On September 19, I saw a photo of a familiar dog on my Facebook newsfeed. A black Lab named Turbo. I looked at the name of the person posting it. Jon Silvey. Also familiar. I searched my emails and saw the start of his first note to me in May of 2012, from Afghanistan:
I just returned to my task force kennels after a few extremely long mission and was greeted by a few care packages. I was lucky enough to receive a heart felt care package from you containing a little piece of home and an amazing book. I am so grateful of all the supporters from back in the States but was especially overwhelmed by your book…
I re-read our subsequent correspondence, and messaged Sgt. Silvey to get an update. By great coincidence, he had adopted Turbo that very day. “He just retired today after 10 years of service,” he wrote. “He has served 3 tours as a specialized search dog, and has been with me 5 years. We have worked with Special Forces from different branches and countries.”
It was heartwarming to read — in hindsight now that he has become Turbo’s “dad” (this from a father of four human children) — what he wrote about working with this black Lab with a great nose — and about my book as well.
Let me just first say how much I love my job. I have been in the Army for some time now and done a lot of different things but nothing compares to showing up to work and seeing Turbo’s excite-full face every morning. So I am very appreciative to receive a signed book from you that depicts what we all know already but what others in the States and abroad need to know. People need to grasp that dogs are such an important part of the fight and they save many lives.
I can truly say that I have never had a battle buddy that I trusted more with my life than Turbo. He always lends an ear when I need someone to talk to and he never interrupts. He doesn’t talk much but when I look into his eyes I know that he is listening to every word I say. Thank you for addressing this and putting it out there for people to read.
He wrote me that he feels like he was meant to be with Turbo. A series of coincidences put them in each other’s realm on various occasions, and he finally ended up being matched with Turbo at SSD (specialized search dog) school at Lackland Air Force Base. He wrote in later emails that he has deployed and mobilized four times before that deployment with Turbo, but as an MP without a dog.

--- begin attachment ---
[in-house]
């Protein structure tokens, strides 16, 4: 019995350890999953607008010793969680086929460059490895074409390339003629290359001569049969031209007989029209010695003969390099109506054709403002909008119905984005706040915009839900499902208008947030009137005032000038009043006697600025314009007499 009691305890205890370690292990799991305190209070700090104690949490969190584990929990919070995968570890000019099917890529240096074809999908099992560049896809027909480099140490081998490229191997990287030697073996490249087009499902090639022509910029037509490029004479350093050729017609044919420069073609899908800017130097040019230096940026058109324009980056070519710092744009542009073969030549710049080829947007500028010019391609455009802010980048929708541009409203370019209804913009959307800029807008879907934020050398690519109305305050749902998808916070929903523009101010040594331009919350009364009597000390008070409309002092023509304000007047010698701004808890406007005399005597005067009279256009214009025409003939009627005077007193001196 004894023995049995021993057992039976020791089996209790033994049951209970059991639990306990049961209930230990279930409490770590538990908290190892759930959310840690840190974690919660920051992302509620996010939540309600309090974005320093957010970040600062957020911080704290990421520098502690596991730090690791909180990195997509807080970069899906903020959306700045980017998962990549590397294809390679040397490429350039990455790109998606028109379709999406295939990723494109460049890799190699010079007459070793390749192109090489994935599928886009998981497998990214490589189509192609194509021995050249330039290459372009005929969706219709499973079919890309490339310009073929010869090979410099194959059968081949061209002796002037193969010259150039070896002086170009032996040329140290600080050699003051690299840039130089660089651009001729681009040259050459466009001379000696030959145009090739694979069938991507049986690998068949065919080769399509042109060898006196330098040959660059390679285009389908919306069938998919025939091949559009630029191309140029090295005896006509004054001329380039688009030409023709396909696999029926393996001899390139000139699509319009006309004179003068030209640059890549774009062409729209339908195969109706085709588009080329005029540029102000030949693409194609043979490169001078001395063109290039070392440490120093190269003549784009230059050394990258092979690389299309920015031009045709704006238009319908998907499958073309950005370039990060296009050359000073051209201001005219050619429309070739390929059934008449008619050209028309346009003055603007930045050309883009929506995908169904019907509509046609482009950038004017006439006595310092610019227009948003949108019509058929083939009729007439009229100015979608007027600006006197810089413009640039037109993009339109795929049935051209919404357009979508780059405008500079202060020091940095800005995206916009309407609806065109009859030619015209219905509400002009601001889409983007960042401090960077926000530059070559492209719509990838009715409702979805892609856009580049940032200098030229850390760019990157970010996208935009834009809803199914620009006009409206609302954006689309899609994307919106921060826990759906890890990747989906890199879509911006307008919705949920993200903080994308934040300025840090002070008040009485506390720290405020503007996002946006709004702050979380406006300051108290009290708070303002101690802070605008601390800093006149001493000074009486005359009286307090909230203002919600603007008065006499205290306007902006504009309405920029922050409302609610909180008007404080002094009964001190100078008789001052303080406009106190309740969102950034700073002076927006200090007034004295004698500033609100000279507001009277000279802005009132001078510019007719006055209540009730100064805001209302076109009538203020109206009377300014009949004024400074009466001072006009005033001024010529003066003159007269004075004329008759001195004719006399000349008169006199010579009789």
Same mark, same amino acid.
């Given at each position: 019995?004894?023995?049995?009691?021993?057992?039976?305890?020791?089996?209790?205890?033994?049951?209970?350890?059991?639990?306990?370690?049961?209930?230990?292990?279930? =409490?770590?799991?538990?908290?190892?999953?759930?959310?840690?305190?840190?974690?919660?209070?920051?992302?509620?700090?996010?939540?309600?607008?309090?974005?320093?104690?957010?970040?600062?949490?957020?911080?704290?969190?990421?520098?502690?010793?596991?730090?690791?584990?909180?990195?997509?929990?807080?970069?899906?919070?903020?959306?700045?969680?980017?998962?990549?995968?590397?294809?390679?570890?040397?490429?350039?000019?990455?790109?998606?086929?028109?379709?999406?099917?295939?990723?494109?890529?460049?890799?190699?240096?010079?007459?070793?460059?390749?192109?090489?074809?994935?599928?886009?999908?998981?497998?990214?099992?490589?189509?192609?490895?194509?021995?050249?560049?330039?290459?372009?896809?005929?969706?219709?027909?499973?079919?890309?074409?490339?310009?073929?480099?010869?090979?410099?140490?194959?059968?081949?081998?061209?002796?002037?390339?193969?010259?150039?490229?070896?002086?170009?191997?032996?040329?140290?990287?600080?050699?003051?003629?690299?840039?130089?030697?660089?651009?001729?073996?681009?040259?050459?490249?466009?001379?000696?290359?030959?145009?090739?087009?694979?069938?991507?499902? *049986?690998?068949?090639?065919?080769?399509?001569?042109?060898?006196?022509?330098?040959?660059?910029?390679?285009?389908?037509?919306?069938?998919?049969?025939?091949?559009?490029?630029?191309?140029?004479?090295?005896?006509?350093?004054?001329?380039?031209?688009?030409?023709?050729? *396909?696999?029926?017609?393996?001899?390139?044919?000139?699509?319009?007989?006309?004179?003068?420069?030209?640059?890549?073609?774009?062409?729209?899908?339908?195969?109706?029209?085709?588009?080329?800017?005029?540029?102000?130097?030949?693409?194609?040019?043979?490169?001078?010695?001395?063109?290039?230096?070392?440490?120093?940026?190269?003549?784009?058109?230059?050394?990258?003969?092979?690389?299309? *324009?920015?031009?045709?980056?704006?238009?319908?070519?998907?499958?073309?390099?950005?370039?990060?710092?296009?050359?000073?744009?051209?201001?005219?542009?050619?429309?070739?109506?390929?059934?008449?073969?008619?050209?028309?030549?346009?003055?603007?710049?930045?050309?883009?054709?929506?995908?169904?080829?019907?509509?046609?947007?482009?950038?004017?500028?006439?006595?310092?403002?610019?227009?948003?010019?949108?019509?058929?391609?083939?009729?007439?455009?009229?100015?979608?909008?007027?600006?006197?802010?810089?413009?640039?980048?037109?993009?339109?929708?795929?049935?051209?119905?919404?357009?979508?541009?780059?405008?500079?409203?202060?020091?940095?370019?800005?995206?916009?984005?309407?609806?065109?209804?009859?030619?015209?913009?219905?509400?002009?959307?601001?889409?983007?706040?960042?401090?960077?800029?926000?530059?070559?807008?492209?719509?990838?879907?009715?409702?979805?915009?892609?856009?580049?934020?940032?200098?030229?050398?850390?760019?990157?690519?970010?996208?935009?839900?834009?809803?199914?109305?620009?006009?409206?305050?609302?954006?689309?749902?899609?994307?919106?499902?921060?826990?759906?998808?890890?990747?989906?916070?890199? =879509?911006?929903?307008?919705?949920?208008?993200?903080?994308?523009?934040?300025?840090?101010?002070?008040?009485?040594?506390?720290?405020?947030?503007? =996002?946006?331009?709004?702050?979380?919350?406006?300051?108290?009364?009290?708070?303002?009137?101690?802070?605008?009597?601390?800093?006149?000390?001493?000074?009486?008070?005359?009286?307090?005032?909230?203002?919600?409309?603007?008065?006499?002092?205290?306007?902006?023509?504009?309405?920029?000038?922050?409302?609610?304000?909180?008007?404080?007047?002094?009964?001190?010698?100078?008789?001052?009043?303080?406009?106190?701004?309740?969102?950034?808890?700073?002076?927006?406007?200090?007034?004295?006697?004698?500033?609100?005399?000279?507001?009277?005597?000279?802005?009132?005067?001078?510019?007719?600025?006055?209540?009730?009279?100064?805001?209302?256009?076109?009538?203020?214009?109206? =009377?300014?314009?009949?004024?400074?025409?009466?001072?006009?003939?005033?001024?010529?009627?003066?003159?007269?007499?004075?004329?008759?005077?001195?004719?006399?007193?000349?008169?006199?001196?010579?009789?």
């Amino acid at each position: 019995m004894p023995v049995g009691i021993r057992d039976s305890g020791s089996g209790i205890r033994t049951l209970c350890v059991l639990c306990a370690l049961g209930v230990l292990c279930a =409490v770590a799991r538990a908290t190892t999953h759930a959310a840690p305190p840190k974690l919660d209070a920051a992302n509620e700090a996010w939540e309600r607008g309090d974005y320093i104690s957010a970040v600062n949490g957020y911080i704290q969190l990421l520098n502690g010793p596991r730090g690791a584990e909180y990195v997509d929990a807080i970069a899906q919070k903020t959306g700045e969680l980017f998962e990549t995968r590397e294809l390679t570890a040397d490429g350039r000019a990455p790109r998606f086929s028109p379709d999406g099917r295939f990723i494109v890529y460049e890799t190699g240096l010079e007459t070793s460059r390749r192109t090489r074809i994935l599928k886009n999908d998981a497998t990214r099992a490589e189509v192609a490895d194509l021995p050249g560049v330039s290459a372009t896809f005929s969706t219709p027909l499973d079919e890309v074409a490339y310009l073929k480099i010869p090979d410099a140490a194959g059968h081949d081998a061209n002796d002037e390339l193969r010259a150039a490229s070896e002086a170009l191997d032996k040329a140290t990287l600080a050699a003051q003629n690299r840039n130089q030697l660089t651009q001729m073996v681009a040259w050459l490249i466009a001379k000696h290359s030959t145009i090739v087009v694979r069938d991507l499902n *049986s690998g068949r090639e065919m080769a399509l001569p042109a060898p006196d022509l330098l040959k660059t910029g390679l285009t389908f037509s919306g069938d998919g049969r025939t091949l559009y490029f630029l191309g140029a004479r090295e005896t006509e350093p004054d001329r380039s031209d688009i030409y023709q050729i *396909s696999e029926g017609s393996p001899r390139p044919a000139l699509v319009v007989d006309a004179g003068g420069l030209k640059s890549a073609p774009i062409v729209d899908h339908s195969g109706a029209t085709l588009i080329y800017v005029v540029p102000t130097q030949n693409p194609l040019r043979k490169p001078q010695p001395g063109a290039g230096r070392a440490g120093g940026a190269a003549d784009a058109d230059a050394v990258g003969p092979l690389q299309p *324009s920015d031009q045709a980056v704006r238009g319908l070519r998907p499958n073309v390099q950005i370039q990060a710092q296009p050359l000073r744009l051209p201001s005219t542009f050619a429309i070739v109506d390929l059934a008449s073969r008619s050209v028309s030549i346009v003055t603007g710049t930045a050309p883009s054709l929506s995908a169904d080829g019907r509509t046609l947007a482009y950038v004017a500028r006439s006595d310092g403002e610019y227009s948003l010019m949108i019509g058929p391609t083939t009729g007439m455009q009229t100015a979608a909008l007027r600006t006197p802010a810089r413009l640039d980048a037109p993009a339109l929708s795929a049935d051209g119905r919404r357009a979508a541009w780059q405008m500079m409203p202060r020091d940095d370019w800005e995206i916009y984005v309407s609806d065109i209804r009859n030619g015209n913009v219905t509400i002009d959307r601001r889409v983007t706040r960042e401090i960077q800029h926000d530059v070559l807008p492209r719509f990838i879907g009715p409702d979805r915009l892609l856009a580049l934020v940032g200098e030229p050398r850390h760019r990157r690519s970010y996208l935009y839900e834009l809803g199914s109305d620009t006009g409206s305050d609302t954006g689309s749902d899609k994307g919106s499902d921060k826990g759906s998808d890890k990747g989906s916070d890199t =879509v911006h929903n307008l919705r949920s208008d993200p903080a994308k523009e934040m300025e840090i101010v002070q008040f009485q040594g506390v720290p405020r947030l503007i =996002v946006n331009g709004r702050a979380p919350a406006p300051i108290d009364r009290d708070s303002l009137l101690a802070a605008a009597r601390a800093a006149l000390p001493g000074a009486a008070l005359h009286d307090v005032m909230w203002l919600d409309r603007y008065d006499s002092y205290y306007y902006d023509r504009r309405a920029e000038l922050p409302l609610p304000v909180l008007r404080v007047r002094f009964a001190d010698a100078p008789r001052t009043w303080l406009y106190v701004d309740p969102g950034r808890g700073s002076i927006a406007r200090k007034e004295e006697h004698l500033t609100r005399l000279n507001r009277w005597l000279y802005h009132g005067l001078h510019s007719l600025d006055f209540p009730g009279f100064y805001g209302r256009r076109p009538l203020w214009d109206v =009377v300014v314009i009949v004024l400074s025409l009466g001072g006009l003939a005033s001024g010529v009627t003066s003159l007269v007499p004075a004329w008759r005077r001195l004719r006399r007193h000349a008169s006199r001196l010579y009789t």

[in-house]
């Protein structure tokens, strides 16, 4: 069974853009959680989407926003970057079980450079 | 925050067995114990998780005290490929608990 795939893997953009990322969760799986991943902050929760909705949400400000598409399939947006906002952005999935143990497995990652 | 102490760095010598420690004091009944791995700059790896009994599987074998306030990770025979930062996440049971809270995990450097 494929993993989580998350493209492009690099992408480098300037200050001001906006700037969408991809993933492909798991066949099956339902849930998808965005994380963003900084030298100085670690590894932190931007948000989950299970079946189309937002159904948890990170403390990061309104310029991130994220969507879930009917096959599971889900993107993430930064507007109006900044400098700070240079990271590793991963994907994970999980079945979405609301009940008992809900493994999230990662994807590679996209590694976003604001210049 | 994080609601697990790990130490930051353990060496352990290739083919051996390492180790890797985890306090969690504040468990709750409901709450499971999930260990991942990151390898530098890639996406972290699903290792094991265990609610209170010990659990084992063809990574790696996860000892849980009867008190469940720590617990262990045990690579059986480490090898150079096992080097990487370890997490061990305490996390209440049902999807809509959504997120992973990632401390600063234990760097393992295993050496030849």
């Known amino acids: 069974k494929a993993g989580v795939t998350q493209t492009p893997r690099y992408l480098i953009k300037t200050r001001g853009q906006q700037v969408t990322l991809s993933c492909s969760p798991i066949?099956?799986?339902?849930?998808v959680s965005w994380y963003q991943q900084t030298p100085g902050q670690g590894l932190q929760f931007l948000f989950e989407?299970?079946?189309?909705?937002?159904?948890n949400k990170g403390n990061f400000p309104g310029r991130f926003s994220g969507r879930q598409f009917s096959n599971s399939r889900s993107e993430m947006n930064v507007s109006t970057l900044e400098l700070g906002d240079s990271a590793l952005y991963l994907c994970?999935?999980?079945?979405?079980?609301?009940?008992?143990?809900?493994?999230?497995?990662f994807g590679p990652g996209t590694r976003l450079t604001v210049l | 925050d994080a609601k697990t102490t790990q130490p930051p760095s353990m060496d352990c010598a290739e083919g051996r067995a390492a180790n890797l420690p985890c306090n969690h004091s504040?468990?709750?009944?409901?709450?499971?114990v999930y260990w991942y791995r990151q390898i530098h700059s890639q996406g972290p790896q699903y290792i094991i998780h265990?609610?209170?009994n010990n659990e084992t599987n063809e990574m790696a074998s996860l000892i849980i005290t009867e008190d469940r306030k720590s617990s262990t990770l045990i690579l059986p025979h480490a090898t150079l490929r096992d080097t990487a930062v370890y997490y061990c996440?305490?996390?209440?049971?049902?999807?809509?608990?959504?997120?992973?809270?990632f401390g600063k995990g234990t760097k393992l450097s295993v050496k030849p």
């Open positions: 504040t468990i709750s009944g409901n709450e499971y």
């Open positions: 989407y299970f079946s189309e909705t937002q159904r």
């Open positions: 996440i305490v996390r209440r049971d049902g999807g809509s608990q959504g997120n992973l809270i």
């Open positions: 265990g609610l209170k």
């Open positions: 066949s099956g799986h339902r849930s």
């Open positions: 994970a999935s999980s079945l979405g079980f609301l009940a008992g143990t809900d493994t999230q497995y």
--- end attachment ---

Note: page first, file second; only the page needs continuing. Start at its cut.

He couldn’t believe his luck in getting Turbo for his first deployment as a dog handler – a job he calls “the best in the Army.”
I’ve done a lot of things in my Army career and worked with some of the best the Army has to offer but nothing compares to being a dog handler and working with Turbo everyday. Turbo does more than find explosives. He finds ways to motivate me and others around him on a daily basis.
Being an SSD, he has two jobs. He is an explosive detector dog and a morale officer. Around here everyone knows Turbo or has heard of him. He brings joy and comfort to everyone he works around and everyone that he passes by. Soldiers and contractors stop me all the time so they can pet Turbo or take pictures with him. They always tell me stories of their dogs back home and how Turbo reminds them of their dog.
In another email from Afghanistan, he continued talking about his partner.
I am honored to be able to do what I do everyday. Turbo just always seems to brighten up everyone’s day. As soon as they see him there’s an automatic smile from everyone and a cheerfulness that explodes from their faces. From time to time he is a cuddle bug but really he just likes to try to play fetch with everyone.
The secret to Turbo’s heart is a ball or a treat. If Turbo could talk I think he would say “I have never met a treat didn’t like”. As far as a 6th sense, I think all dogs have the gift to recognize the needy and lonely. Turbo always knows when I need that extra lick on the face or the paw on my leg that almost says “everything is going to be alright.” Dogs are truly amazing.
He sent along this pic of Turbo wearing booties, with an explanation.